But whether Democrats can translate public opposition into significant gains in the House is far less clear. Unfortunately, these polls didn’t ask the “generic ballot” question about whether voters would prefer Democrats or Republicans in control of the House. But there are plenty of reasons for caution. The combination of gerrymandering, strong Republican incumbents, and weak Democratic recruiting make it very difficult for the Democrats to take the House. And if the polling is clear on anything, it’s that President Clinton was better positioned than President Obama—yet Democrats didn’t come close to taking back the House in 1996. So although it’s clear that the public is more upset at Republicans than Democrats, it remains to be seen whether the GOP will suffer great costs.Michael Barone adds:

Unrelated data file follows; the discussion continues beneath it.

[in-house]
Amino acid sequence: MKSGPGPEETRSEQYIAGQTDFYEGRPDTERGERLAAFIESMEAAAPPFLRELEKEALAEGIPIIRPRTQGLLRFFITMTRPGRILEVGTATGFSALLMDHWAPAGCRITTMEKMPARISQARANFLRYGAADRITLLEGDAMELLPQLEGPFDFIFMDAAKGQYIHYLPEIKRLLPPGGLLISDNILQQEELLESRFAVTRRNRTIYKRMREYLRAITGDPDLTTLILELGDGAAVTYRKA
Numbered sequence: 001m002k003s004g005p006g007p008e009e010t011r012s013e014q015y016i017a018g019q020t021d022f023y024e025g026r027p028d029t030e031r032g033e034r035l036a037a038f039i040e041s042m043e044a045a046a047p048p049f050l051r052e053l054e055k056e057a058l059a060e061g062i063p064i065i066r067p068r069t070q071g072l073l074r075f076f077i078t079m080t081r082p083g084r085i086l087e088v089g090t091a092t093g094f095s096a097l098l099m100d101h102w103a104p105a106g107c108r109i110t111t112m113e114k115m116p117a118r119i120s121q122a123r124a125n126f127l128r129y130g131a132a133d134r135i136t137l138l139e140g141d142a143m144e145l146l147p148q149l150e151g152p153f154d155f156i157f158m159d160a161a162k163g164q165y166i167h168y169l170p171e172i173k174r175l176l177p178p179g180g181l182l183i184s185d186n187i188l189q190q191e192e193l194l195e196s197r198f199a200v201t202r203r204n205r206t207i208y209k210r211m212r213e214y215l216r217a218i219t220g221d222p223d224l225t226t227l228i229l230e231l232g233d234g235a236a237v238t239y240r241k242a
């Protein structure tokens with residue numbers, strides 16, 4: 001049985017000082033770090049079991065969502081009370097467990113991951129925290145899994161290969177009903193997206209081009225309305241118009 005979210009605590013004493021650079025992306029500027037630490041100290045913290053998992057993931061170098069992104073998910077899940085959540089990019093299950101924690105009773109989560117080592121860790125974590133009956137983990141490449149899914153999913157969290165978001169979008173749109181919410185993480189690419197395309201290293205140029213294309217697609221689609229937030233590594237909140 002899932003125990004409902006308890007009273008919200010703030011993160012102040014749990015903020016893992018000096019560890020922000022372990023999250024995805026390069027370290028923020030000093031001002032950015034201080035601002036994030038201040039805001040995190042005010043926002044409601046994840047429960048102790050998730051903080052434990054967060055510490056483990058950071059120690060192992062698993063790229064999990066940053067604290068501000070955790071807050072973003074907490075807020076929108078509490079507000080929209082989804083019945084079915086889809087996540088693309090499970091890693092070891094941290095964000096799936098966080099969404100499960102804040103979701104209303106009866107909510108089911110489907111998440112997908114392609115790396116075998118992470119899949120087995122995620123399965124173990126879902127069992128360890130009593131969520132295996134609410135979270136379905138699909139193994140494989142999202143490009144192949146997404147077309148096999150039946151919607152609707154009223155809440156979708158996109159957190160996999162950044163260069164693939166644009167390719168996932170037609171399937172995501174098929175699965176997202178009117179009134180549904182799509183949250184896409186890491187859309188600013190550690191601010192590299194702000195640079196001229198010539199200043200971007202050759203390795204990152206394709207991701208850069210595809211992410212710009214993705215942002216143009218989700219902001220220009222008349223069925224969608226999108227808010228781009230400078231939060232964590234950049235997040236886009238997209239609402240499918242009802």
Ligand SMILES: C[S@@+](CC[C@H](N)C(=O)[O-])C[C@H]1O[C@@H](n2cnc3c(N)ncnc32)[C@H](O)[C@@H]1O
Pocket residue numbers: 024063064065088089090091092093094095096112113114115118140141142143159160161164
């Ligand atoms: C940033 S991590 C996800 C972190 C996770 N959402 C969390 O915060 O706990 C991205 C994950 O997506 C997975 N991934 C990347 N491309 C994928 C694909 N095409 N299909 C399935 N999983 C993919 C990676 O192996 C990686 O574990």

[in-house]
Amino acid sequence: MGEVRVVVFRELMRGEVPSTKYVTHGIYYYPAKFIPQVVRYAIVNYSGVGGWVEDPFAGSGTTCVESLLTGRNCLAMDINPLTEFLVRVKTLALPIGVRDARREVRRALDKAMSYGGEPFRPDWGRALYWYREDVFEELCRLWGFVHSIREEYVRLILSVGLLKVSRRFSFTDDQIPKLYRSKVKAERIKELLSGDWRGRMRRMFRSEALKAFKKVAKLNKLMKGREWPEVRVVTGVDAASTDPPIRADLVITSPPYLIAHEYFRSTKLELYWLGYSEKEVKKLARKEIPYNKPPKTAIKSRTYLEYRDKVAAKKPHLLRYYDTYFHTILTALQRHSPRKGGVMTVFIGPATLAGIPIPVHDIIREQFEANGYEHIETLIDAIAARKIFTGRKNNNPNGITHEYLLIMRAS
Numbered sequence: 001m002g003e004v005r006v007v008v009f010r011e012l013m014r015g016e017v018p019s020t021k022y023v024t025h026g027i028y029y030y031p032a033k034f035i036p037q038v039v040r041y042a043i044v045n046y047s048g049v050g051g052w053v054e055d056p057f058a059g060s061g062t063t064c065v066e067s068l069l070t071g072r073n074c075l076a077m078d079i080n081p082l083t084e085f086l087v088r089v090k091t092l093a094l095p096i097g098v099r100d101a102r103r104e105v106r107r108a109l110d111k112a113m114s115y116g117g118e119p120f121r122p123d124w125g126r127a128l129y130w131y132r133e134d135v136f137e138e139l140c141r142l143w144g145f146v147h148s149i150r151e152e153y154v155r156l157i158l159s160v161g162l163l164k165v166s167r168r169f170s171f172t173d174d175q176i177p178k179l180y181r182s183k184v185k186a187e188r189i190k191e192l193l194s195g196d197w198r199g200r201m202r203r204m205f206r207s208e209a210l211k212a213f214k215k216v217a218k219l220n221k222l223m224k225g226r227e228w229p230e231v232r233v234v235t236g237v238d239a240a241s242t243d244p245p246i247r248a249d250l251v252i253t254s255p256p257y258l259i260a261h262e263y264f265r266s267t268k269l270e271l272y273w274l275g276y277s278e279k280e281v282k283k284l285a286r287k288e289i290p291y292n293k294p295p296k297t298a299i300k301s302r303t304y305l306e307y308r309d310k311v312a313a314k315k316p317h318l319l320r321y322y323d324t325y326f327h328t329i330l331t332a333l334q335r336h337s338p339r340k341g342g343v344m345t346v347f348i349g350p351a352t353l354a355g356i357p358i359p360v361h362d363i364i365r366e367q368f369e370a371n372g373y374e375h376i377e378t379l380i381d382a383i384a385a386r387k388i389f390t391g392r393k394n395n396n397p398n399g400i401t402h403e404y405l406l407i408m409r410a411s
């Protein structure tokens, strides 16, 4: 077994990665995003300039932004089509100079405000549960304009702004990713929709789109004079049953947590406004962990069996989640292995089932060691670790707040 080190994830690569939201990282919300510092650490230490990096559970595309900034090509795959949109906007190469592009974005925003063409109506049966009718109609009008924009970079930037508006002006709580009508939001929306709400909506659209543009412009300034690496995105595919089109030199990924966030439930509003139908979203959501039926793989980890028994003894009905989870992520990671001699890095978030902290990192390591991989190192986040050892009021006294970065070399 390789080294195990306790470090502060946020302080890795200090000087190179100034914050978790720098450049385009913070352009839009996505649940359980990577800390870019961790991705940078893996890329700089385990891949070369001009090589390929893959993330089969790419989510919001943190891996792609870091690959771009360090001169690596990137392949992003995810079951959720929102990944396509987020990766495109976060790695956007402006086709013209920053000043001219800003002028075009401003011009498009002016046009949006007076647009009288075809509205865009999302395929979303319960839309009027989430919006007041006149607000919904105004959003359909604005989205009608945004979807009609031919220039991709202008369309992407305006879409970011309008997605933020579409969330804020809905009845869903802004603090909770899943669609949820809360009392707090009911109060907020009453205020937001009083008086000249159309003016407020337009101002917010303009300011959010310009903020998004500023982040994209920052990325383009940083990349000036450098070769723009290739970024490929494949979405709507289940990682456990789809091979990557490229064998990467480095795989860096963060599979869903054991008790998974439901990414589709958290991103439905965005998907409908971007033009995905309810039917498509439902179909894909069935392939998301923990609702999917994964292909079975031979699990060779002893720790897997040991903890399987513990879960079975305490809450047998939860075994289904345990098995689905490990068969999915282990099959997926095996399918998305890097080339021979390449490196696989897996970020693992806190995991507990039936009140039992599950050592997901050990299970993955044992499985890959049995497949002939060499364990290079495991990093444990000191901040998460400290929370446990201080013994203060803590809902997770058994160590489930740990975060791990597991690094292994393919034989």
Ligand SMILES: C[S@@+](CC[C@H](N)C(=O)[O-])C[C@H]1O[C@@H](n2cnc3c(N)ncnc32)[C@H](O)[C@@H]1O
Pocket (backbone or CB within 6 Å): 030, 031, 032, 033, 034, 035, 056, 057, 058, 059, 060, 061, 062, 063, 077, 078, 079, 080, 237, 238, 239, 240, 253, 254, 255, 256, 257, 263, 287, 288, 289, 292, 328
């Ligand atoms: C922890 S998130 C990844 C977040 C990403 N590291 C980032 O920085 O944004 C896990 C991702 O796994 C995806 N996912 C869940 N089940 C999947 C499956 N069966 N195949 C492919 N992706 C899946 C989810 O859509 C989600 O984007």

Another statistic could be cited: Obama carried only 209 congressional districts, while Mitt Romney carried 226. While capturing all 17 Obama House Republican seats would give Democrats a 218-217 majority, as a practical matter (and because Republicans have a good shot at winning some current Democratic seats) Democrats are going to have to capture at least some Romney seats. If Obama's job approval continues to be under its November 2012 levels, as it is now, and if voters continue to vote straight tickets, as they have done increasingly in the past 20 years, that's going to be difficult.